Saturday, January 8, 2011

Home Teaching With the Spirit

Who would dare to presume to go into a home as a representative of the Lord without first seeking the Lord's guidance and blessing through prayer.  Me.  I've done that very thing far too often.  Be it resolved that from hence forth, I will cease and desist that prideful practice.  Dear Brother Pennington taught me this principle when he came over to train me as a Family History records extractor.  He was appalled that I just set to work on my extraction without ever pausing to seek the grace of God to influence my errand.  Thank you Ned for your kind counsel.  Each set of Home Teachers ought to seek the Lord in order to best meet the needs of each family they are assigned.   How much better and easier our work will be under the direction of God.

We've all heard horror stories of tactless and hurtful things spoken to people newly returning to activity.  Or of offensive things spoken by Home Teachers to families they visit.  Is it any wonder that many people would just plain prefer not to have anyone visit them any more.  The only sure way to ensure that the things we say and do in our Home Teaching assignments are beneficial, not detrimental, is to speak the words of Christ as directed by the Holy Ghost.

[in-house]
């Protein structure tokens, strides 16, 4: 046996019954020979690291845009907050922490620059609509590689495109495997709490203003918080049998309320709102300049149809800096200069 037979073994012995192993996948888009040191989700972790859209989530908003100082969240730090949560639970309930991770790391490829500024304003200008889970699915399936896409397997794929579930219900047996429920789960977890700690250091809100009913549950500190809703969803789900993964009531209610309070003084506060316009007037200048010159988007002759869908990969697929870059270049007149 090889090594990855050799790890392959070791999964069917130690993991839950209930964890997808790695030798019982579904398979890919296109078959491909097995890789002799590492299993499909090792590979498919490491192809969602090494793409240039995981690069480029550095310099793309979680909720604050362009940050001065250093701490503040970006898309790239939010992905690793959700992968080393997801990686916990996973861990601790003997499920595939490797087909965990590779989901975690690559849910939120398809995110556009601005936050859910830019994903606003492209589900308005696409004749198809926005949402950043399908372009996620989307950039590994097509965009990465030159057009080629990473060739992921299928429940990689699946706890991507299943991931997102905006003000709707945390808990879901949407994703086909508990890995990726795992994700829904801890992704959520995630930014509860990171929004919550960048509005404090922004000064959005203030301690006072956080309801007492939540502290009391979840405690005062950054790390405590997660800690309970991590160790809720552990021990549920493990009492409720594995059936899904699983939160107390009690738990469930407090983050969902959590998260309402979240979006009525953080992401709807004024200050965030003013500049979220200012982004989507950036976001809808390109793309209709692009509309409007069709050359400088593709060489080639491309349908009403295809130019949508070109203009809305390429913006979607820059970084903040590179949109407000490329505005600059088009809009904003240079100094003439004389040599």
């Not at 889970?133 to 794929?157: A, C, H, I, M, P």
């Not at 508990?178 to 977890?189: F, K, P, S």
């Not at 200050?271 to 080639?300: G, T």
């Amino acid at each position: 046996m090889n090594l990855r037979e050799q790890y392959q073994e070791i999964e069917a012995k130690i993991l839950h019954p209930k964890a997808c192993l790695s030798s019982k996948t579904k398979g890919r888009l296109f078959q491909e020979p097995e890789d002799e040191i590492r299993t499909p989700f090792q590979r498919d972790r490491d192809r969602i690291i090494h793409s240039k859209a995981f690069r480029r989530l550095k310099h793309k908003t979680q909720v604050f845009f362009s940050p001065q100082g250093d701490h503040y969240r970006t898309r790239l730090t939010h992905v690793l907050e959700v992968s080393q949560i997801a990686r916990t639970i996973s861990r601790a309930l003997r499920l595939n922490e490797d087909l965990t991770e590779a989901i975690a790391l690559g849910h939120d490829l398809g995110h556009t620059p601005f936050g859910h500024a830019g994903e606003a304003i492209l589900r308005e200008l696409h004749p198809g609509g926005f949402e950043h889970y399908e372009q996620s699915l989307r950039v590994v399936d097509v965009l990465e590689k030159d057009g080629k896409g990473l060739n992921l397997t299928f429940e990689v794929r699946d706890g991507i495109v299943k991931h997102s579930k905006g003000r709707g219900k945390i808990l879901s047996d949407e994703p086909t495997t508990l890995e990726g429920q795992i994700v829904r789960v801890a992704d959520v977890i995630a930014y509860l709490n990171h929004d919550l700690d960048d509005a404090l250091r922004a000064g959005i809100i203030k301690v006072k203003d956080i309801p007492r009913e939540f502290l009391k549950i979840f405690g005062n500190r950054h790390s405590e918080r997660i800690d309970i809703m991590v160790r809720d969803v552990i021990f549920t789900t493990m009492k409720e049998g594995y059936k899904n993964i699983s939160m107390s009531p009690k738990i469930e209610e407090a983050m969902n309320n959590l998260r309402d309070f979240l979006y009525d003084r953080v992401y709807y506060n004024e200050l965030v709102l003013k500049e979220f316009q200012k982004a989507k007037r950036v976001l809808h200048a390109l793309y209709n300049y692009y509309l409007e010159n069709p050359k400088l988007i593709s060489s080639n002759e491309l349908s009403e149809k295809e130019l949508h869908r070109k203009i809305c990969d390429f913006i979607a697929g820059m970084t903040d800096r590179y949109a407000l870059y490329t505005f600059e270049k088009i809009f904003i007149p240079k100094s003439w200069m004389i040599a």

For this reason, it is inappropriate to script in advance, the things one might say.  We as leaders need to shy away from giving examples of other's success stories without making it plain that what was said successfully in situation A, might not fly in situation B.  How grateful I am that the Holy Ghost will guide the words I speak so that I have no fear of stepping beyond my bounds.  Only God knows what is best spoken in each particular case.